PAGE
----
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What it is:   Holy cow, I am SO excited!  Today registration is open for World Education Games!!  If your students have never participated with World Education Games (like World Math Day), this is the year.  They will thank you for including them in this fun world wide contest.  February 1st, that’s today, registration is open and the official warm-up training period for students begins.  On March 5h students can participate in World Literacy Day, March 6 is World Math Day, and March 7 is World Science Day.  March 22nd Global award presentations begin with the Official World Education Games Awards.  The World Education Games is an annual global online olympics to get students from age 4 to 18 excited about learning.  The fun comes in the friendly competition between countries as students compete to represent their country in the games.  There are 3 days of games focused on literacy, math and science.  The games are a great way to help students in speed, accuracy and general fluency in core computation, number and spelling skills.  World Science Day has been designed to encourage curiosity and excitement in science while helping them answer knowledge, application and reasoning questions.  Each game (a competition against other students from around the world) lasts just 1 minute.  Students can go head to head as often as they would like, but only the first 50 games are counted toward the competition point tally.  World Math Day was launched in 2007 and my students have taken part in this fun competition each year.  Since then, Literacy and Science day has been added to the games.  SO much fun!

How to integrate World Education Games into the classroom: World Education Games are such a fantastic way to encourage students to practice foundational skills.  In the past, I have hosted an “opening ceremonies” at my school and done it up like the Olympics with flags, songs, etc.  We go over what the World Education Games are and then make a big deal about the handing out of usernames/passwords (like lighting the torch) and then we kick off our training portion.  Students get excited about participating in this fun day and we get lots of “training” in before the big day.  On the actual day, we wear red, white and blue and play against kids from around the world.  This is great fun in a one-to-one setting or a computer lab where all students can participate simultaneously.  Don’t have that option?  Because the games are 1 minute long, students can play 5 games each on classroom computers in a rotation.

Since your students are competing against students from around the world, why not use the competition to practice using a map and identifying countries?  Since we have a one to one iPad program, we do this digitally with a Google Map.  Each time a student competed against a country, they would come up to the board and put a “pin” in the map.  Don’t have devices for each student? Use an interactive whiteboard or the paper map and actual pins on a class bulletin board, these options are just as fun!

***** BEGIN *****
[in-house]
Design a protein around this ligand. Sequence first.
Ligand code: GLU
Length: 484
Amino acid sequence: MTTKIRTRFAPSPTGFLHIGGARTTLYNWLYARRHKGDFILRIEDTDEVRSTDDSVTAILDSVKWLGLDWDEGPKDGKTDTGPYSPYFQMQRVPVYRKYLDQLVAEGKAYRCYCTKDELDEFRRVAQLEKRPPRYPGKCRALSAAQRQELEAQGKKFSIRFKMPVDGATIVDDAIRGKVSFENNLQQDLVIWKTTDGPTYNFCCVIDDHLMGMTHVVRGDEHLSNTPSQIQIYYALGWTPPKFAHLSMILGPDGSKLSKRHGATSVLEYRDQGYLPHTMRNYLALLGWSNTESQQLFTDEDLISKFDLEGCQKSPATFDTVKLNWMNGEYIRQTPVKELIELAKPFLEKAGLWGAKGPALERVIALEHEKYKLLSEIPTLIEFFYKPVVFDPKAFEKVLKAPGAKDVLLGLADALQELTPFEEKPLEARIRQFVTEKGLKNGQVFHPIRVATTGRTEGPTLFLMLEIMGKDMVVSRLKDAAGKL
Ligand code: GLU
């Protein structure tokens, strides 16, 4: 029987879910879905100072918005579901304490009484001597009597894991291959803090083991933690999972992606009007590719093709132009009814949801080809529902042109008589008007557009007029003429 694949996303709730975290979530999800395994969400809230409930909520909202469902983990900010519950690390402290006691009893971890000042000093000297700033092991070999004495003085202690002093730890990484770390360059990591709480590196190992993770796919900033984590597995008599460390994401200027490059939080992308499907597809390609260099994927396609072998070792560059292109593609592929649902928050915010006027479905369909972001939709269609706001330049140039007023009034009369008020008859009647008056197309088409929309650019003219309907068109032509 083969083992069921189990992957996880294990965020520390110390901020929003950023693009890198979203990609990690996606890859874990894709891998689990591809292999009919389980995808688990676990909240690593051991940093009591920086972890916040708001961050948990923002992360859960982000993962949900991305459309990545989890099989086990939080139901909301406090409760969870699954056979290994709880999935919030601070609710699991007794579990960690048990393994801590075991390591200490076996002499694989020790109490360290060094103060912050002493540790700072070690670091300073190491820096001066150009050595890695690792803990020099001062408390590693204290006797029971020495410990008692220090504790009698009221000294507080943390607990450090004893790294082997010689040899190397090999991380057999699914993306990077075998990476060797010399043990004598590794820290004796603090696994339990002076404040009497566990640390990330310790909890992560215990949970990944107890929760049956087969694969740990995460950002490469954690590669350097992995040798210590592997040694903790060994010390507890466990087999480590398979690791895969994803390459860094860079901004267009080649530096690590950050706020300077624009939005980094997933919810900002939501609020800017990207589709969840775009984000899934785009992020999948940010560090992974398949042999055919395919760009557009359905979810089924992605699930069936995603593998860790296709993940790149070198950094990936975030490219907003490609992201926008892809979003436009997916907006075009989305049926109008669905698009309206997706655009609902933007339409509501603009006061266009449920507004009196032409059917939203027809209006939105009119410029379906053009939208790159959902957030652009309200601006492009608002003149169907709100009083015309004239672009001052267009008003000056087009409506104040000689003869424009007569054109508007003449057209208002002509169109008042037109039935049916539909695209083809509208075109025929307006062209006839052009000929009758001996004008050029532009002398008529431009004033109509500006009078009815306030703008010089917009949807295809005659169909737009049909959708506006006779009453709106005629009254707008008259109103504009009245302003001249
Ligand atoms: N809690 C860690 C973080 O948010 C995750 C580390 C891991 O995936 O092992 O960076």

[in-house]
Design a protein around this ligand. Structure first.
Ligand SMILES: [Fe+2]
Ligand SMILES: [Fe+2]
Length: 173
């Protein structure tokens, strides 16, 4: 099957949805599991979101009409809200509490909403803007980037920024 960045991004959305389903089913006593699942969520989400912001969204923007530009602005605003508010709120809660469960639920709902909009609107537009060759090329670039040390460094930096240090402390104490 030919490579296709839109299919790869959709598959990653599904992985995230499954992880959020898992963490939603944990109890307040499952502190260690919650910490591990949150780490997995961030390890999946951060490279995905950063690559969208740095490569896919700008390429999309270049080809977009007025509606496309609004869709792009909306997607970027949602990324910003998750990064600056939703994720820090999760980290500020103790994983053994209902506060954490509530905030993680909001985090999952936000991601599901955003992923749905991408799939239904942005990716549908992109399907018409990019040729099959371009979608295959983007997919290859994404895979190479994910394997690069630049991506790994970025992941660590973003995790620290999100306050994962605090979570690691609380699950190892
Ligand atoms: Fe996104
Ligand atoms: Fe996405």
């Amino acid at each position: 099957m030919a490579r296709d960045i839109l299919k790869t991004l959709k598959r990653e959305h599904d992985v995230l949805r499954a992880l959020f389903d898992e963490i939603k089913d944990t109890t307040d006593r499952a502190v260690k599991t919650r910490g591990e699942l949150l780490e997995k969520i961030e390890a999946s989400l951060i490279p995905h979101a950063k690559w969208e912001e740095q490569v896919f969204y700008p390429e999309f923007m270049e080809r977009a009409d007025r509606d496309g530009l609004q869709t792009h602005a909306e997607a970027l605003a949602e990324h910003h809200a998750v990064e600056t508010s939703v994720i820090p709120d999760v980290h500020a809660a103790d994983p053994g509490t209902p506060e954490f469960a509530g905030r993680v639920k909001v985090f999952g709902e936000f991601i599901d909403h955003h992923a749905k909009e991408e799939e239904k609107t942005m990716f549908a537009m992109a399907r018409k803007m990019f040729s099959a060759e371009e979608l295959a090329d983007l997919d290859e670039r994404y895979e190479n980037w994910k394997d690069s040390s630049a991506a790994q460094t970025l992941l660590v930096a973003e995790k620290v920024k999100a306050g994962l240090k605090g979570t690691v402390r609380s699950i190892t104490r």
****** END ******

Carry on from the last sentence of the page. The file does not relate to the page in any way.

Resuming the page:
Don’t forget closing ceremonies at the end of World Education Games.  Make up fun medals and give them out to top performers, hardest trainers, etc.  Think outside the box on these.  Not all kids are speedy in their fact recall…find a way to honor their participation and hard work…did they see huge improvement or growth? Honor those achievements!

The World Education Games are available for free on any internet-connected computer and as a Samsung Galaxy Tab 10 app.

Check out the Resource page for teacher and student guide, a world map, a poster, and for School-in-a-box information.

Tips: Schools participating in the World Education Games can also work toward giving other children the opportunity to start school.  World Education Games has partnered with UNICEF to make this happen.  During the games, host a fundraiser to purchase “School-in-a-Box” Each $236 donation is enough to send 80 kids to school!  What a great way to help kids understand what a privilege education is and model compassion and empathy for others.

Leave a comment and tell us how you are using World Education Games in your classroom.

Comments (1)

We love the World Education Games. One of the most exciting parts for the students is getting to play against other people around the world. I love the fact that the training seems to help them build skills quickly. I assign it as our homework and it becomes a rotation in the room for when kids finish work quickly. We do a Math-a-thon on World Math Day. It usually falls on our Early Release Day so we stay after school and allow the kids to keep on playing. We provide snacks and play motivational music. This way we can ensure students who might not have technology at home can complete the challenge. We also celebrate with awards for our students and recognize them at our school assembly. So far, it has been mostly our 4th and 5th graders competing, but this year I am trying to get everyone else on board.